African American men are disproportionately affected by, not only HIV/AIDS, but also chronic non-communicable diseases. Despite the known benefits of physical activity for reducing chronic non-communicable diseases, scant research has identified factors that may influence physical activity in this population. A growing literature centers on the syndemic theory, the notion that multiple adverse conditions interact synergistically, contributing to excess morbidity. This secondary data analysis examined two primary questions: whether syndemic conditions prospectively predicted physical activity, and whether, consistent with the syndemic theory, syndemic conditions interacted to predict physical activity. Participants were 595 African American men who have sex with men (MSM), a population underrepresented in health research, enrolled in a health-promotion intervention trial from 2008–2011. We used generalized-estimating-equations models to test the associations of syndemic conditions and resilience factors measured pre-intervention to self-reported physical activity 6 and 12 months post-intervention. As hypothesized, reporting more syndemic conditions pre-intervention predicted reporting less physical activity 6 and 12 months post-intervention, adjusting for the intervention. However, contrary to the syndemic theory, we did not find evidence for the interaction effects of syndemic conditions in predicting physical activity. Receiving high school education and having greater social network diversity predicted more physical activity whereas older age predicted less physical activity. To our knowledge, this is the first study to examine the syndemic theory in relation to physical activity. Although reporting a greater number of syndemic conditions was related to reduced physical activity, there was no evidence for synergy among syndemic conditions.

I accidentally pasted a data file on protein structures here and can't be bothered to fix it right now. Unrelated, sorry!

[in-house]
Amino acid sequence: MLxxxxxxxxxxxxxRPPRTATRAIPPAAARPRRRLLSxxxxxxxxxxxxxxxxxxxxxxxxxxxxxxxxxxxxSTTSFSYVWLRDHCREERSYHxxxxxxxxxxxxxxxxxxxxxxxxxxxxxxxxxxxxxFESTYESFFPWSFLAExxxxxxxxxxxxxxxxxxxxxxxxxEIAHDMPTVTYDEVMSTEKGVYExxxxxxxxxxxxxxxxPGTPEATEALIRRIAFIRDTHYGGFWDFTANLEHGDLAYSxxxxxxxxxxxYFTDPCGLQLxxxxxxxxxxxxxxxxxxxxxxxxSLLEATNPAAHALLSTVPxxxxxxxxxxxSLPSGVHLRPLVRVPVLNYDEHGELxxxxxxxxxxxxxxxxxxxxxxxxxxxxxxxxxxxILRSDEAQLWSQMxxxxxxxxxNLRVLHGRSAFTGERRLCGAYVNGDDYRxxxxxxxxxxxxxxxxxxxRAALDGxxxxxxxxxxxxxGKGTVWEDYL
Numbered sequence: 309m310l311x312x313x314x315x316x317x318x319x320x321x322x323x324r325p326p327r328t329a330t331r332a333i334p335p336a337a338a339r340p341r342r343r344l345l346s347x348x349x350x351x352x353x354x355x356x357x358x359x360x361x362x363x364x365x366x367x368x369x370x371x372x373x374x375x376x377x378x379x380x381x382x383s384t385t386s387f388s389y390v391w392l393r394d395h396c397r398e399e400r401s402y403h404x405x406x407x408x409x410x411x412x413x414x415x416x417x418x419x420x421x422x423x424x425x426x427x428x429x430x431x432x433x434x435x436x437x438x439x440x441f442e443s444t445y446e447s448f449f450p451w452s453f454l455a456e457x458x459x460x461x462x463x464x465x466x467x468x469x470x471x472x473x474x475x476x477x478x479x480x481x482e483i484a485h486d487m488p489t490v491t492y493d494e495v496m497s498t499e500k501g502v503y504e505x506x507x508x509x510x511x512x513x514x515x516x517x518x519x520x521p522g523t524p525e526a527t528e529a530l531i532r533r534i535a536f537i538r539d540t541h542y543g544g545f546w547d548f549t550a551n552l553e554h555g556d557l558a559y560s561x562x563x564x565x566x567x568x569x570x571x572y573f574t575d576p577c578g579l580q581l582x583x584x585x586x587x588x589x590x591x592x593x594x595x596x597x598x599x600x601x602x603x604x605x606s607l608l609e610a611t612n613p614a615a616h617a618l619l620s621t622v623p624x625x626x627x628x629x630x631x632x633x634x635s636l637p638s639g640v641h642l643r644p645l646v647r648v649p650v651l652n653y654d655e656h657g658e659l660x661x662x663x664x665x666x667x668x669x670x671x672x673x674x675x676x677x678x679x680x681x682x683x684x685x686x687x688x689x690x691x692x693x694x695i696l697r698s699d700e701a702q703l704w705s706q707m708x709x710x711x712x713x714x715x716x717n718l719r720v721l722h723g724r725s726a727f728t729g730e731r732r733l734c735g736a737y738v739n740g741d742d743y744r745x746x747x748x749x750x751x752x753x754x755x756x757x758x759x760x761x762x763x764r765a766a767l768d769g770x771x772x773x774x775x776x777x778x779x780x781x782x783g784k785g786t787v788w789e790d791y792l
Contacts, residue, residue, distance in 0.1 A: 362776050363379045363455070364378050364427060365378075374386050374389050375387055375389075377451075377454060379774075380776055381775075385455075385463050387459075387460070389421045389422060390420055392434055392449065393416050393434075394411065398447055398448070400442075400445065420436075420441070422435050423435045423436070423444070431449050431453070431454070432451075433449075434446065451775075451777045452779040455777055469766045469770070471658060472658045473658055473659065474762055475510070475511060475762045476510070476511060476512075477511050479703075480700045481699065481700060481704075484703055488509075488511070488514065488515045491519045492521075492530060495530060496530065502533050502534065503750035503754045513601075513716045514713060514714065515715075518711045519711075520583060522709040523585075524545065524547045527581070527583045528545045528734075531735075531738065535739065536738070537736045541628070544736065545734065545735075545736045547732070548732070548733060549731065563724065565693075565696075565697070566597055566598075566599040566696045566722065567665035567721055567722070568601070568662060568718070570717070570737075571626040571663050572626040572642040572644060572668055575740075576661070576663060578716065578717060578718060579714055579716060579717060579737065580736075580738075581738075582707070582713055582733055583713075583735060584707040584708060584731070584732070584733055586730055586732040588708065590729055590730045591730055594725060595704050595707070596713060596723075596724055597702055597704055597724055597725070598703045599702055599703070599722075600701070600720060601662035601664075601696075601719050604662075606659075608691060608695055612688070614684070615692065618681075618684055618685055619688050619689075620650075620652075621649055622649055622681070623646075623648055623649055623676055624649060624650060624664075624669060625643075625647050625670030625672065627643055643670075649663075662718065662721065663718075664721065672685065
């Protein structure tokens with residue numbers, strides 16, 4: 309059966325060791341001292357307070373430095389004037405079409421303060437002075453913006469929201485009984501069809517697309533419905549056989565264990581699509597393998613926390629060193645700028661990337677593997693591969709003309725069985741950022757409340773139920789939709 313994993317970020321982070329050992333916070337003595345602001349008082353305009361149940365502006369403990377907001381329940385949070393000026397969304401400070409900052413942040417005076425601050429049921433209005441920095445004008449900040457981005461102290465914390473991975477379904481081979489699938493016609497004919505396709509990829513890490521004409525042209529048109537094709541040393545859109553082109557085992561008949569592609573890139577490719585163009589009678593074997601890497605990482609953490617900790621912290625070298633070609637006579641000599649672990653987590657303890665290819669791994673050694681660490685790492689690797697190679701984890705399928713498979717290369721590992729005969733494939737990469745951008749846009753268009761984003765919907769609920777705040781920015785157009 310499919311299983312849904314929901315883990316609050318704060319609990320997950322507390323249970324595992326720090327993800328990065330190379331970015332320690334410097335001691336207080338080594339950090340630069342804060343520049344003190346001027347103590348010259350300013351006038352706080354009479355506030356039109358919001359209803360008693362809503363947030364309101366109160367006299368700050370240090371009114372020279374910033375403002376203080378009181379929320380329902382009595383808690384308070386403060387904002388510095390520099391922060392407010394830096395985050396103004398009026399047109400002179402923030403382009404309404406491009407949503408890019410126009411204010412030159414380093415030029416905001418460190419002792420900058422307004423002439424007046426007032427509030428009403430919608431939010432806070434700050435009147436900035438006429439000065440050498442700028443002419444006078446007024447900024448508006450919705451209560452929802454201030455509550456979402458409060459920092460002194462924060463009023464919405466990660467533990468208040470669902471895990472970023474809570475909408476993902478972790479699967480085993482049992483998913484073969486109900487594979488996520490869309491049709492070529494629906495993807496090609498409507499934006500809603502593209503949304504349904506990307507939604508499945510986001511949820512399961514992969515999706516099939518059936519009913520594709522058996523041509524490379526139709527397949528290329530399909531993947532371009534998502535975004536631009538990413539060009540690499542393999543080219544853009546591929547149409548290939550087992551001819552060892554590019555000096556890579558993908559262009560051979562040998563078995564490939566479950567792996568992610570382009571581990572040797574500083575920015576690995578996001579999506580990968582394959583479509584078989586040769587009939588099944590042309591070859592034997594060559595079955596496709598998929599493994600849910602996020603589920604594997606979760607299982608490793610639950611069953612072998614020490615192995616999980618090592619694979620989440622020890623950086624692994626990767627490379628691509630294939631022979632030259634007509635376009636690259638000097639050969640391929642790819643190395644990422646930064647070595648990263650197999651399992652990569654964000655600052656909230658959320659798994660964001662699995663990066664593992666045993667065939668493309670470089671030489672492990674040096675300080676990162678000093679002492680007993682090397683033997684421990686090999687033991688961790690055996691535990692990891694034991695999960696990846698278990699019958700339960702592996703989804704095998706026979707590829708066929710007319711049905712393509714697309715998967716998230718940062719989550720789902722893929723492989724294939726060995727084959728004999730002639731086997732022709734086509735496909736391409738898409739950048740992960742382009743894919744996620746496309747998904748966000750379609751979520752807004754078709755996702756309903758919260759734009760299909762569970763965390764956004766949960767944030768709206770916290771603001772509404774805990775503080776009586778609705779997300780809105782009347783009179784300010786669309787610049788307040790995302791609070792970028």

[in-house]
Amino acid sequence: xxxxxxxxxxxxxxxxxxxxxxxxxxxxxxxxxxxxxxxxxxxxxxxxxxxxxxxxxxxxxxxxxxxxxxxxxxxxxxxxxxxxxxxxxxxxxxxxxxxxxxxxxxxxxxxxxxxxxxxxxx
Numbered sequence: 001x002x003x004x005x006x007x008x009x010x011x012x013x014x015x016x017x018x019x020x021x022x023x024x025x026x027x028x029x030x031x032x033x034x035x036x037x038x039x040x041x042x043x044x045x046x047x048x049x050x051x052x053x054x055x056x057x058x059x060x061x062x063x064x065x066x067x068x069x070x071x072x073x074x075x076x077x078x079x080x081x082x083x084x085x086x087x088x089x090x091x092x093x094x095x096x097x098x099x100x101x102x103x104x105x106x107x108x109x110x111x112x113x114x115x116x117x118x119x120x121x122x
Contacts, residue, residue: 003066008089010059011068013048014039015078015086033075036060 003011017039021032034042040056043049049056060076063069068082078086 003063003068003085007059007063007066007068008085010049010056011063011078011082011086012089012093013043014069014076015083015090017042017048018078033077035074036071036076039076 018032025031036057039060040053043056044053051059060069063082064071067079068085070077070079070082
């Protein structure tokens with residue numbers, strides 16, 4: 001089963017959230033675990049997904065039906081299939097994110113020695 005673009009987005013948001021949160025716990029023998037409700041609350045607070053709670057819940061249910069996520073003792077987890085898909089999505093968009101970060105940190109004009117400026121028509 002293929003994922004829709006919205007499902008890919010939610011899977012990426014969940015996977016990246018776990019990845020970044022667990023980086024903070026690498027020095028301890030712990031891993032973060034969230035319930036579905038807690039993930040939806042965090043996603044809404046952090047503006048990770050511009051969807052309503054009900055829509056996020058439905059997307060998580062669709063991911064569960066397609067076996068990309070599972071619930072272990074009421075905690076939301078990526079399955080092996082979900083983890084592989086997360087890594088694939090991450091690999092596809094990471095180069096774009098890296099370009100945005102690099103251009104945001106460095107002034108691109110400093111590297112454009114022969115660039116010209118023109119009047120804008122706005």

"Syndemic Conditions Predict Lower Levels of Physical Activity among African American Men Who Have Sex with Men: A Prospective Survey Study." PLOS ONE, 2019.